There are new themes every episode. Every time there’s a bad guy, he’ll have a theme. It’s really fun–so much fun–coming up with stuff.
Lewis tends to shy away from reusing or rehashing old themes:
Lewis: I tend not to do that. I don’t want to mess with people’s memories. I got a message the other day by accident that said, “The moment when Scrooge is opening his Money Bin, is that like a hint to ‘The Moon Theme’ from the Nintendo game?” I was like, “No.” [laughs] If it sounds like it, I guess it’s kind of cool, but no, it’s not. I tend to steer clear of checking out old stuff, because it just means I’m coming at it from a new angle, a fresh angle, so I’m not messing with people’s memories.
But where his inspiration comes from–and where it leads to–is much more original:
Lewis: Everywhere, really. From old 80s movies to Michael Bay. When Webby’s being a badass, she has this Michael Bay vibe, which makes it way funnier because she’s just this tiny little duck who’s kicking ass. Scrooge tends to be a hybrid of that 80s adventure Spielberg-Lucas vibe crossed with the hybrid instruments. Then, the nephews tend to be kind of, not pop music, but … There is actually a lot of pop music in there. We write the source stuff as well, so I have to draw from what’s going on in the Top 40.
Oh, and I think I’ve created a new genre which is “Chinese Big Band.” That will come up later in the series and that was really fun to do. Mixing Nelson Riddle-style music with traditional Chinese instruments, that was really wacky but it worked. It’s really cool.
If Lewis had to choose between composing music for live-action or animation…
Lewis: I think honestly I do have a preference for animation because I love orchestral writing. There are opportunities to write for orchestra in live-action but they’re not as frequent as they used to be. But movies like Money Monster … that was such a great opportunity to try and push the envelope and draw from my electronic music-listening experiences when I was growing up. I haven’t had an opportunity to do a live-action where I could just really go for it orchestrally, drawing from my classical influences. The way that the orchestra is used a lot of the time is [non-traditional.] What Hans [Zimmer] made so huge was basically using the orchestra like a guitar, like a band instrument, which is really, really powerful but I find that I’m way more comfortable using it in a traditional way. Whenever I get a chance to do that, I find that I’m way more fulfilled. At the same time, messing around with synths and doing sound design is cool, too, which is why I mix it up.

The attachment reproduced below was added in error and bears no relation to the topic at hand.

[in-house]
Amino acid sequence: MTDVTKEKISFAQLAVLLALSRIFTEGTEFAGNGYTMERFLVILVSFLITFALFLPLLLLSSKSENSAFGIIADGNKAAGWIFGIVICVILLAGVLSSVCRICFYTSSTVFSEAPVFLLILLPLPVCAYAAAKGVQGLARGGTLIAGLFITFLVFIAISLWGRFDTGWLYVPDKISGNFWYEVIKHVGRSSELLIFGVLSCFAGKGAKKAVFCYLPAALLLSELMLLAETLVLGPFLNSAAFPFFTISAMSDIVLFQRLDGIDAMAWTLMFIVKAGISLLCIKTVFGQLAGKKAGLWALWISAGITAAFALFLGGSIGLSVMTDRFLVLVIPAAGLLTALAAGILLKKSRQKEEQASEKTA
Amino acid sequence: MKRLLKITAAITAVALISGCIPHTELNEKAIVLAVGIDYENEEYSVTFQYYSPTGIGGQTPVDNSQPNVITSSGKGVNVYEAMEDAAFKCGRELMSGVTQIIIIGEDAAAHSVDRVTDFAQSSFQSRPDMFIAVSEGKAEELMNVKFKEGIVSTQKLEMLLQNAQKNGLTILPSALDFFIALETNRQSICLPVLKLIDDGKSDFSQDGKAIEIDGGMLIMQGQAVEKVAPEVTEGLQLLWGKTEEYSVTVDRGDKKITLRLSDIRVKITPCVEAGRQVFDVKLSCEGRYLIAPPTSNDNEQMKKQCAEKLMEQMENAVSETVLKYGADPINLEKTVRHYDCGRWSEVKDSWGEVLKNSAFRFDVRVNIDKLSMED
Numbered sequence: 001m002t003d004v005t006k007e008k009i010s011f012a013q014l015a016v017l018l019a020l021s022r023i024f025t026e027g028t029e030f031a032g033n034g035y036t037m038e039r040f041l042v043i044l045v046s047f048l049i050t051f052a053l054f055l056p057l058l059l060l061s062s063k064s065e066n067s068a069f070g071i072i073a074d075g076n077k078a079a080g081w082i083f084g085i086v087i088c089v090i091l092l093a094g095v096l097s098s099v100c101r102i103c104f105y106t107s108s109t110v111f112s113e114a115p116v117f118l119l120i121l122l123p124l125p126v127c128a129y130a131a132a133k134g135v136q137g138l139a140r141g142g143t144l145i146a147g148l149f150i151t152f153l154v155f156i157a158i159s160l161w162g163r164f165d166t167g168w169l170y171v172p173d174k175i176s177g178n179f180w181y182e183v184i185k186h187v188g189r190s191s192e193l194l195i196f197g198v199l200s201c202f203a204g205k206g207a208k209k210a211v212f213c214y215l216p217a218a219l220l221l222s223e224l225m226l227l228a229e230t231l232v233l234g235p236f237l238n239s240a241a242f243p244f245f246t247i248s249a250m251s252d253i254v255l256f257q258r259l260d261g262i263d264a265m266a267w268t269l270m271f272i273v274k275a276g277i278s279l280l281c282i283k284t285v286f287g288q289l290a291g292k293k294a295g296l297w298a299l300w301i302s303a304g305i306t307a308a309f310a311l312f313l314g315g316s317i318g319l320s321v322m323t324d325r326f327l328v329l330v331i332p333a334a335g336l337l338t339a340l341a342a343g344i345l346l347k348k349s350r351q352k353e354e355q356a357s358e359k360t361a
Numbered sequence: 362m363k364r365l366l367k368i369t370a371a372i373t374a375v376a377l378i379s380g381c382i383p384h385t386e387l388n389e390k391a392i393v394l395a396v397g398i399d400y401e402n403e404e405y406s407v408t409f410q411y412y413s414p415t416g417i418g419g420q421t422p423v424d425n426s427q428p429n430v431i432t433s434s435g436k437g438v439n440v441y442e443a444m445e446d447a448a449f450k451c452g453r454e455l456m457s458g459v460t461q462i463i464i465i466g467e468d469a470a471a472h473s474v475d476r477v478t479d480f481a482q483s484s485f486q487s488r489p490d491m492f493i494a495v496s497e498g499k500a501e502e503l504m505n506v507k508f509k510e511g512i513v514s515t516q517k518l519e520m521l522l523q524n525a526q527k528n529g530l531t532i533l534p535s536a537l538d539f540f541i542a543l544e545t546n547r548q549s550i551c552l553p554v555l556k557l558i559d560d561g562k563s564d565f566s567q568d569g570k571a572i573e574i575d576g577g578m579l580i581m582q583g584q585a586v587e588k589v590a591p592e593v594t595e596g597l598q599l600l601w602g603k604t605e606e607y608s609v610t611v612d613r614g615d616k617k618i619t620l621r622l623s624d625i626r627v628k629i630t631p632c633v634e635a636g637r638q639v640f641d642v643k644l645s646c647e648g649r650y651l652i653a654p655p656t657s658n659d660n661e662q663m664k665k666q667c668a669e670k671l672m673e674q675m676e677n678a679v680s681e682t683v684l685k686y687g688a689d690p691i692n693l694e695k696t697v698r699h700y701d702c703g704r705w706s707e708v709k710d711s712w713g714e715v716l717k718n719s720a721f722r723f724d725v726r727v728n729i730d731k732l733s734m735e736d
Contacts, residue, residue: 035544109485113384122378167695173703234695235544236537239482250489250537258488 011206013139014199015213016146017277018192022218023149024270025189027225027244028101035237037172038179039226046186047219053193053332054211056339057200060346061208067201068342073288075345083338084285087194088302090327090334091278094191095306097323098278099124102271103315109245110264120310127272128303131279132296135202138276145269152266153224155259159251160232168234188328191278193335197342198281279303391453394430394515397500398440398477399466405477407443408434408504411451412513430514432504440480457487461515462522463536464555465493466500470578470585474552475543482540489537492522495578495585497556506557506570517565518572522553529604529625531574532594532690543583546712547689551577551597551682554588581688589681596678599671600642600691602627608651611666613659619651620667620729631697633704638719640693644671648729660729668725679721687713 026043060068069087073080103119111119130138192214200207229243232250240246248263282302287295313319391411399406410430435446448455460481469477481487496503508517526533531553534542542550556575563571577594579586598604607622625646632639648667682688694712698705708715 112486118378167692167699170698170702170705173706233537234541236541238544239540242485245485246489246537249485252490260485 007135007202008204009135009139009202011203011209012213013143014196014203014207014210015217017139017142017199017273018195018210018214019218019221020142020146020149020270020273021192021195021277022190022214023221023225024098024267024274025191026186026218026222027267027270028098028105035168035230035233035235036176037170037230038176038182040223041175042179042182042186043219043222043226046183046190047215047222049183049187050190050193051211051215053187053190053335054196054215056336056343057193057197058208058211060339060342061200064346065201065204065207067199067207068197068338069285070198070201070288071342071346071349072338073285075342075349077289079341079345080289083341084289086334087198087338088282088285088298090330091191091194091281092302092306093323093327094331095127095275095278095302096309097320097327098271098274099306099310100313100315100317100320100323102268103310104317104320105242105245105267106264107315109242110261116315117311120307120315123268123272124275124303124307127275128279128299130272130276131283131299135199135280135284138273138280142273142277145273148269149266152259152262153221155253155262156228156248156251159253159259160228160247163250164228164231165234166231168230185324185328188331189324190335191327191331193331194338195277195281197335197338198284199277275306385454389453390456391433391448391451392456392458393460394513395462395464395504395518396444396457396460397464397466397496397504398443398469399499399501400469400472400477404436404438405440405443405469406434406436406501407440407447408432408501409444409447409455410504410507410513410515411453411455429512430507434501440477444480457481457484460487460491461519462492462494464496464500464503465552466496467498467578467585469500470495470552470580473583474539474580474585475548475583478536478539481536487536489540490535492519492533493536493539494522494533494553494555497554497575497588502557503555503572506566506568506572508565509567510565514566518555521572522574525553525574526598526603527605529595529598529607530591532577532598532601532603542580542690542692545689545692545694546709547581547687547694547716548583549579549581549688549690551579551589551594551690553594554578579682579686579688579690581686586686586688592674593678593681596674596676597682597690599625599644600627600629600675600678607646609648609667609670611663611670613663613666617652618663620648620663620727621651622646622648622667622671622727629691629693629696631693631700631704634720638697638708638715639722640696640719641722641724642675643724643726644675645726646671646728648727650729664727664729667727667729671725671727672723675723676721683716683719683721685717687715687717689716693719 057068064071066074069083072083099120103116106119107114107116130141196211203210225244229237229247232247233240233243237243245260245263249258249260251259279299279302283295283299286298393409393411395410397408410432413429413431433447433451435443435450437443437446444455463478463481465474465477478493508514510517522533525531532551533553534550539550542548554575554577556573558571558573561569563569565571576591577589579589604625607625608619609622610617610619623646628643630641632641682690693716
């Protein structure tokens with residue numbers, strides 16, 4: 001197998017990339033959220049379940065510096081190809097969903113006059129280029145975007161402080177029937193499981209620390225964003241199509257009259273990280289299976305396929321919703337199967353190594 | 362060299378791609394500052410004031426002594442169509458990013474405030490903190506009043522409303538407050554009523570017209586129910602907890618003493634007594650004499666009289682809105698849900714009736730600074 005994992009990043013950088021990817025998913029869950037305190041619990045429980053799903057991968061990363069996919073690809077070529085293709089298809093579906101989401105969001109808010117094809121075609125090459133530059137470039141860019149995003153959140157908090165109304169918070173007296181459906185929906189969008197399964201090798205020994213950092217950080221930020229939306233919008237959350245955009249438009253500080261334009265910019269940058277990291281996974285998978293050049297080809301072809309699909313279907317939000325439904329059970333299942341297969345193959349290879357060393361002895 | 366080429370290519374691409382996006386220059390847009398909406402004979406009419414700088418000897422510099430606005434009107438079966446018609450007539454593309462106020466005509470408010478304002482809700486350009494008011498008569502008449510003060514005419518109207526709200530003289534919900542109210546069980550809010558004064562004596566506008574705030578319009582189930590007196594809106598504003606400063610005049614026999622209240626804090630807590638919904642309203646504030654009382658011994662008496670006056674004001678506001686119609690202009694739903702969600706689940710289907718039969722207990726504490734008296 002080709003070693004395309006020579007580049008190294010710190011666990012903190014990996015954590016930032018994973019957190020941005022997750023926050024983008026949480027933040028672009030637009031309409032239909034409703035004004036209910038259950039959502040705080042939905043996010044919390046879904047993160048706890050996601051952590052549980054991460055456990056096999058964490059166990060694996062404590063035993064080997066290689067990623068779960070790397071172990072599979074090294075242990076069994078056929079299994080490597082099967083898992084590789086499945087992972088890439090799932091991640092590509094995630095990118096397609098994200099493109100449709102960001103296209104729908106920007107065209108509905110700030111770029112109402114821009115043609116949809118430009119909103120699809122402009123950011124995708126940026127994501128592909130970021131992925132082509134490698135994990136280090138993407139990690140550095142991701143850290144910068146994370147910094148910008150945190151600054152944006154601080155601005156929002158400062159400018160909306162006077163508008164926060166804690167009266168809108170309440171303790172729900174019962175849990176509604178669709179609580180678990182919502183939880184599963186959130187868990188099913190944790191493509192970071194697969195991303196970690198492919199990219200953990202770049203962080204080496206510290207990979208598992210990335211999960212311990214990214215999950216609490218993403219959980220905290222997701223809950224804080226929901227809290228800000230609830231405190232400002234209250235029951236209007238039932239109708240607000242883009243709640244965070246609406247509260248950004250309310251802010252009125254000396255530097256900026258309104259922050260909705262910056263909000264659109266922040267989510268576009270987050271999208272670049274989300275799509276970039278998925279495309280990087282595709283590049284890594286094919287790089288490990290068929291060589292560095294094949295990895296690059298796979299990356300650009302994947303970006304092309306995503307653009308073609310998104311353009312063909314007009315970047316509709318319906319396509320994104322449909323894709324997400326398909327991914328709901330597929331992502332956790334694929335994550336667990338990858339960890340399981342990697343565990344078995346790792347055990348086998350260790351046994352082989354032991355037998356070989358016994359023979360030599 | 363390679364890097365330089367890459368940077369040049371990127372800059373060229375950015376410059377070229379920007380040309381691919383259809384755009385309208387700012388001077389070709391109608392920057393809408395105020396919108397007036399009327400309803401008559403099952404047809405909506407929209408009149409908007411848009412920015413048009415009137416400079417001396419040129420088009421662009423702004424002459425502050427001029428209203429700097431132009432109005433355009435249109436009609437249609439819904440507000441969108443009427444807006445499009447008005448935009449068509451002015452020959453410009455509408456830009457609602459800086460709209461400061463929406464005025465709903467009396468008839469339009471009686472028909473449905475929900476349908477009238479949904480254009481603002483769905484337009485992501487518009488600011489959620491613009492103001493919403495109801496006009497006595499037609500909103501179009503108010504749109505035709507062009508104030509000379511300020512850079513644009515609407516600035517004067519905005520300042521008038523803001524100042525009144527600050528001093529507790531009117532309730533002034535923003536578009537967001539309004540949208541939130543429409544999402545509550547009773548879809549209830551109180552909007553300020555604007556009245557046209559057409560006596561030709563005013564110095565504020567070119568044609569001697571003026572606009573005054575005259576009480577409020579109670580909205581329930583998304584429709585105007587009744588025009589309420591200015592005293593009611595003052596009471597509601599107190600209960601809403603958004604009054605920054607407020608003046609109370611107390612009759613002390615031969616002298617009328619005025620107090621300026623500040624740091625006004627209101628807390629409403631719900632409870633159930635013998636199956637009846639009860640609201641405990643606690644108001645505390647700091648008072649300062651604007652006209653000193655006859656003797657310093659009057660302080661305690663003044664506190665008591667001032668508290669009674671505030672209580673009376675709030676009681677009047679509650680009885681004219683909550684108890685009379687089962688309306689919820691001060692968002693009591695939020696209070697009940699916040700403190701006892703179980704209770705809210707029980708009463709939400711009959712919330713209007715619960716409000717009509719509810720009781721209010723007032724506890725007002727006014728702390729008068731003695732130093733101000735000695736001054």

Here’s what else is coming up for Lewis:
Lewis: I’m currently working on the new Peter Rabbit movie, which is amazing. I’m very excited about it. That’s keeping me very busy at the moment. It’s not what you think it would be when you think Peter Rabbit. I’m not going to say too much, but it’s not traditional, I’ll put it that way. I’m drawing from my knowledge of popular music over a span of 40 years, from The Beatles to Basement Jaxx, and I’m still very much exploring. It’s nice to be involved so early.
As for DuckTales, be sure to tune in Saturday, September 23rd on Disney XD with two new back-to-back episodes starting at 7:00 a.m. EDT/PDT.